• Robin Martin
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An Evaluation and Critique of your work provides a professional reader’s insight into the effectiveness of your manuscript.

Some things you can not see because you’re the writer and just too close. Some things your family and friends will never tell you, even if they are themselves writers, because it is just too difficult to articulate some criticism kindly.

A professional reader may have a post-graduate degree in writing, publication credits, time on a literary publication’s editorial staff, experience in a publishing house or literary management agency. A professional reader reads and reads and reads.

A professional reader may not only have a background in the craft of writing, but may also have insight into what is selling in today’s market and can point out what makes your manuscript compatible with these markets. (You can do some of this research yourself, on sites like Publishers Marketplace and Writers Market, but do you wake up every morning and read the latest Deals? A professional reader does.)

My E & Cs don’t follow a predetermined format. Unfortunately for my time management, but I think fortunately for my clients, I don’t have a template for the E & C where I can just fill in the blanks for each manuscript. I start fresh with each one, and then am able to customize the E & C based on the client’s goals for the project and where they are. I think this second part is especially important.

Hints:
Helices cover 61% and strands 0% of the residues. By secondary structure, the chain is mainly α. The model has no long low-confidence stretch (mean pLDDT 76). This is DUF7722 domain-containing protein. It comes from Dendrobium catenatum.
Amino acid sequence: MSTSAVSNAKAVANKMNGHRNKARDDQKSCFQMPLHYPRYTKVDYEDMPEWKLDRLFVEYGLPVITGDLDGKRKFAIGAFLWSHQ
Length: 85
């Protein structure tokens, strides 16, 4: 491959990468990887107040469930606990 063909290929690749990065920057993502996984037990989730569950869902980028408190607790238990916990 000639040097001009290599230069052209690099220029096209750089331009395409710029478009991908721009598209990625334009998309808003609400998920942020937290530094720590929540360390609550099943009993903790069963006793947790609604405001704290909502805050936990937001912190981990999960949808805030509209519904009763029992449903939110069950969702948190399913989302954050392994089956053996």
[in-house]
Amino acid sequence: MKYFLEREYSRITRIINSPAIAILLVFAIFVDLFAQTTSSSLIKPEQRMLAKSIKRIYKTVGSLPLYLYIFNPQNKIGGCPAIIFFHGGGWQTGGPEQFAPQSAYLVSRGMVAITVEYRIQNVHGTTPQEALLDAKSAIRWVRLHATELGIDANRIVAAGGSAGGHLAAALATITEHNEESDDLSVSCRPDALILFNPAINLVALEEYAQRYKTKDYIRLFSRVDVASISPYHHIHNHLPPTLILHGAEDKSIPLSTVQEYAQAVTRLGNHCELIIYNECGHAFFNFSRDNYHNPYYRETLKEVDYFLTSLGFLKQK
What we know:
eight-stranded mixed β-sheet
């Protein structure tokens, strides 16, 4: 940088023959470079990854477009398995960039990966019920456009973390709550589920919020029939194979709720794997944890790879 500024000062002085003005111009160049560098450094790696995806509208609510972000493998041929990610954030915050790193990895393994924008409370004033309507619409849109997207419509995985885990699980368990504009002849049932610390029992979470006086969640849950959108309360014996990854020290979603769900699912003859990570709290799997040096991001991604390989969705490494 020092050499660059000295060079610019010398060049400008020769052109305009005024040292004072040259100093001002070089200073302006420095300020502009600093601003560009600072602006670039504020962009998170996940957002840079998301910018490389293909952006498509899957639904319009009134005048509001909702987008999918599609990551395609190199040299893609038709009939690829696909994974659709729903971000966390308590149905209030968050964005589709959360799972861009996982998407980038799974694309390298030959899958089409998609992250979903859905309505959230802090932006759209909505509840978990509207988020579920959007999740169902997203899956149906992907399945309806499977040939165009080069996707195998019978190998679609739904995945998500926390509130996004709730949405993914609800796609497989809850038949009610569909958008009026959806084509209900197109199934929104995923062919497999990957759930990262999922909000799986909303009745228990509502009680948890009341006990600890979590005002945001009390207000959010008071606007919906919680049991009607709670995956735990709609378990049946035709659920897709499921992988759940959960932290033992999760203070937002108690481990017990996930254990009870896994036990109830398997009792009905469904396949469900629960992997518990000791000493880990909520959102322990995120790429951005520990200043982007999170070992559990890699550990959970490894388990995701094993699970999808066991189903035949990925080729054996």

Where they are:  Example- S wants to know if she has any talent and should pursue her dream of writing. Am I going to focus on her overuse of adverbs, inconsistent verb tenses and commonly misspelled words? No, I am not. I will focus on the seeds of her manuscript that work and that she can develop and recommend ways for her to grow these seeds. I am going to focus on broad issues of character and plot development through showing and not telling, on how to find details that compel the story forward and draw the reader in.  I will mention the correctness issues, but only in passing.

Remember when you used to get those essays returned with no line untouched by the bleeding red pen? ~I like to avoid that feeling.

In another case, E is ready to publish. He wants an E & C before he sends it off to self publish. Am I going to focus on how far he has to go to refine his craft? This is an author who has already determined that he will not get the attention of agents and major houses. This is not his goal. I would focus on and advise him regarding any elements that stand out as particularly ineffective before he goes to print.  Such as, if there are any problems with the logic of the story arc, any problems with consistency and characters. I might recommend another pass through to eliminate intrusive filters, for example, working towards moving the reader closer into the story. I would definitely point out patterns of correctness issues, grammar and spelling that may embarrass him when they appear in print.

Two very different examples of an E & C (elements have been changed to protect the identity of the author):

Author: Robin Martin

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